8:56 p.m.: How has Morgan Toney only been playing fiddle for three and a half years? Watching his fingers fly across the bridge in his final set of reels, you’d think he’d been playing since childhood. Morgan’s set is one I’ve looked forward to all weekend, and it doesn’t disappoint. This young man is such a talent – a ridiculously skilled player and singer who also told us some great stories. Take for instance the one about the legendary fiddler who wagered a $5,000 performance fee on whether he could get the audience to stand during his opening number. He then opened his show with the national anthem.

Morgan Toney.

9:41 p.m.: Time now for a show I’ve been waiting for all weekend: Okan, 2021 Juno Award winners and all-round insanely talented Afro-Cuban ensemble fronted by the wife and wife duo of Elizabeth Rodriguez and Magdelys Savigne. As expected, the set is a bonkers display of virtuosity and showmanship. The opening numbers showcases the pair’s astonishing vocal harmonies and Elizabeth’s lighting fast violin work. Later Magdelys and drummer Frank Martinez trade solos in a pretend duel. The crowd in the packed room is loving every minute of it. Elizabeth is a charismatic entertainer who, at one point, tells us she’s now, officially, a Canadian citizen, which means she’s now allowed to complain. With that, they launch into a song about how hard it is to be an immigrant.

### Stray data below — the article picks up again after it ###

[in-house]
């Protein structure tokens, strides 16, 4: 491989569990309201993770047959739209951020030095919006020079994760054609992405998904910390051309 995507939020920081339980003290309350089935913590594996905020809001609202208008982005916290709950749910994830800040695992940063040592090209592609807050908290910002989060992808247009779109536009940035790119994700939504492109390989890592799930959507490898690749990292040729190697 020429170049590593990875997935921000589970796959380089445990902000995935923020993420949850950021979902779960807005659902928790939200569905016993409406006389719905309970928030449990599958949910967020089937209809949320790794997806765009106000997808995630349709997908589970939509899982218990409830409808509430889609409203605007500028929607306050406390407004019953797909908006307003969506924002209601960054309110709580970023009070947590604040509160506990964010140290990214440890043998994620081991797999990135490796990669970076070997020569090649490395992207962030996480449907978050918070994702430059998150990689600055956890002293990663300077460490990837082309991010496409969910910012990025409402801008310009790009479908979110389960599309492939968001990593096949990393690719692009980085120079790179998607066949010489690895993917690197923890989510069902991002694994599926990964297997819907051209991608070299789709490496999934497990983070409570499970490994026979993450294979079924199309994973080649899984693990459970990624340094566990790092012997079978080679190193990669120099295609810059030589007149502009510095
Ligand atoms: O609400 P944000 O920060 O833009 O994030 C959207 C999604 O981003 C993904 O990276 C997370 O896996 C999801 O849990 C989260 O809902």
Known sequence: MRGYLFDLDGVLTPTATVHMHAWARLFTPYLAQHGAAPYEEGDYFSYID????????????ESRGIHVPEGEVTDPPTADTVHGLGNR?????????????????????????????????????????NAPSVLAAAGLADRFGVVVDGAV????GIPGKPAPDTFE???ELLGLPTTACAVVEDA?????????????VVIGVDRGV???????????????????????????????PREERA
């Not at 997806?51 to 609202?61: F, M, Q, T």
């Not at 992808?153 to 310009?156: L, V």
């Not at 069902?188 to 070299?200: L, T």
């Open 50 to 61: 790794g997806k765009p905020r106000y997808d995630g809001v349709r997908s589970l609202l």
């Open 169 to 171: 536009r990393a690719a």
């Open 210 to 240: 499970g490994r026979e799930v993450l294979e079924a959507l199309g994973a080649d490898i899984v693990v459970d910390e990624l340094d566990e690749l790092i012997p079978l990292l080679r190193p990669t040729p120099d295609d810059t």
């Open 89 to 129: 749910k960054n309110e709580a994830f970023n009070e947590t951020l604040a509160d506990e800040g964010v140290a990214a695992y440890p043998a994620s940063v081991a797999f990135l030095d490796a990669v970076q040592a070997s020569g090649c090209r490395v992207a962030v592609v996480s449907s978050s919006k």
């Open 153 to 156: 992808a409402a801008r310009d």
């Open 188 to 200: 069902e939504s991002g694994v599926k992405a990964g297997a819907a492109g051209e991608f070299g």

Magdelys Savigne of Okan.

10:42 p.m.: Mimi O’Bonsawin has just wrapped up her set at the Richmond Tavern, opening the spotlight showcases here for the evening. Much to my delight, she sang her newish single “Here’s to the Women,” which I think is probably her strongest one yet.

I’ve decided to settle in here at the Tavern this evening rather than jumping from venue to venue, because there are several acts I want to see here, and when you factor in the time it takes to walk between venues, there’s not much point in trying to catch other things. Sadly the Richmond is my least favourite of the venues – your classic bar with noisy patrons yacking in the back.

Mimi O’Bonsawin.

They simmer down a bit when Jeremy Voltz launches into his singer-songwriter set, but it’s by no means quiet back here. Fortunately, Jeremy can hold his own in a loud crowd. He’s a confident and personable entertainer with some unique songs that draw on jazz and perhaps even a touch of reggae.